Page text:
Dr Kigwangalla is concerned that beach tourism was doing much better in Zanzibar than on Tanzania Mainland. “Beach tourism is not being promoted on mainland Tanzania with its abundant potential,” he notes.
It is understood that the uninhabited islands of Bongoyo, Mbudya, Pangavini and Fungu Yasini, just off the coastline north of Dar es Salaam, form this marine reserve system, a key tourist attraction.
Despite all odds, Bongoyo and Mbudya are the two most visited islands at the moment.
Other key potential tourist allures in Dar Es Salaam include State House. An imposing complex set amid large grounds, the State House was originally built by the Germans and rebuilt after First World War (WWI) by the British.
Village museum could be one of crucial attraction. This open-air museum features a collection of authentically constructed dwellings illustrating traditional life in various parts of Tanzania.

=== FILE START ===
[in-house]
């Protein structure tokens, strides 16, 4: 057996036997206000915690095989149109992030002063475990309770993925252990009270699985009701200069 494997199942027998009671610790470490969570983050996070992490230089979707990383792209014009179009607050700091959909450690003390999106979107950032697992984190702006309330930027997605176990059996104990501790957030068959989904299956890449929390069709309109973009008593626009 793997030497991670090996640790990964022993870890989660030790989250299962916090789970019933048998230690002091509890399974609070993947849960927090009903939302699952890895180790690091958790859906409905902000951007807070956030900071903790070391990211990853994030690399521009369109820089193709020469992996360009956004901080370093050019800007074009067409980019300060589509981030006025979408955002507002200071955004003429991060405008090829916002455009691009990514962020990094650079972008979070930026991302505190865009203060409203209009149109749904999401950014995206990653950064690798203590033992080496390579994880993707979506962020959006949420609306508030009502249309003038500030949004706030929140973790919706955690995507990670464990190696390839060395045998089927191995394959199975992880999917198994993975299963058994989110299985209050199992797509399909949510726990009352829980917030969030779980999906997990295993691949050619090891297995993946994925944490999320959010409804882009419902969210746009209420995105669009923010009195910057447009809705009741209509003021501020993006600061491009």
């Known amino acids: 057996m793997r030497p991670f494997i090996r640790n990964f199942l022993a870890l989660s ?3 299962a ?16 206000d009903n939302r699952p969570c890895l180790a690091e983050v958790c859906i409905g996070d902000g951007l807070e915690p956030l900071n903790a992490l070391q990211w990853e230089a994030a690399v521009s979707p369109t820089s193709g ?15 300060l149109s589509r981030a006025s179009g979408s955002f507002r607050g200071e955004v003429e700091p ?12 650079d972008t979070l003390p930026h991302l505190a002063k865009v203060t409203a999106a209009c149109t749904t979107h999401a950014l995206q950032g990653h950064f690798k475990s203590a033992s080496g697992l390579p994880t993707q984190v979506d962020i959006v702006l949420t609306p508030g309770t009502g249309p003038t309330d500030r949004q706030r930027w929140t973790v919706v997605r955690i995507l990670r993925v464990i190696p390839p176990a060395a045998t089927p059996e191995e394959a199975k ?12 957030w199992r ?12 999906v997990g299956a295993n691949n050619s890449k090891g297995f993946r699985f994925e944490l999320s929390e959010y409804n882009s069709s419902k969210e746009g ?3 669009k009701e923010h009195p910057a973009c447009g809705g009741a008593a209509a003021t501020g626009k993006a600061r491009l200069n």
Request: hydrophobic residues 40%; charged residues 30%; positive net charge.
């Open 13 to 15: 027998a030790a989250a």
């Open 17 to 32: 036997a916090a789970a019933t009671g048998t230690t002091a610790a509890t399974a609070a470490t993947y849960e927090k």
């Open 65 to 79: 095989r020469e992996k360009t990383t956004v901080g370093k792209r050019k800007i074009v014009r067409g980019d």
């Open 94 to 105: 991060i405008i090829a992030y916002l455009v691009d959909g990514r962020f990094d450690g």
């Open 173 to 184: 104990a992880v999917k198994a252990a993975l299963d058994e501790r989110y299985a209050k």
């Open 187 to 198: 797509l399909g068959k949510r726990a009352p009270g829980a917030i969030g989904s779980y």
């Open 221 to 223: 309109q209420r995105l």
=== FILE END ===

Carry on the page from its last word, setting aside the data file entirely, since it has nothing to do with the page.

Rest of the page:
Each house is furnished with typical items and surrounded by small plots.
Head down to Kivukoni Fish Market early in the morning are fishers flogging their catch to restaurateurs and homemakers with all the zeal of Wall St stockbrokers. The market could be a great tourists allure.
There are several key churches such as St Joseph Cathedral, a spired; Gothic-style Roman Catholic Cathedral built at the turn of the 19th century by German missionaries.
In addition to the striking stained glass windows behind the main altar, could be a major tourists’ drawer.
Yet another church worth noting is St Peters. In addition to being almost always packed to overflowing during services, St Peter’s is a helpful landmark showing the turn-off from the busy Ali Hassan Mwinyi Road for traffic up to Msasani Peninsula.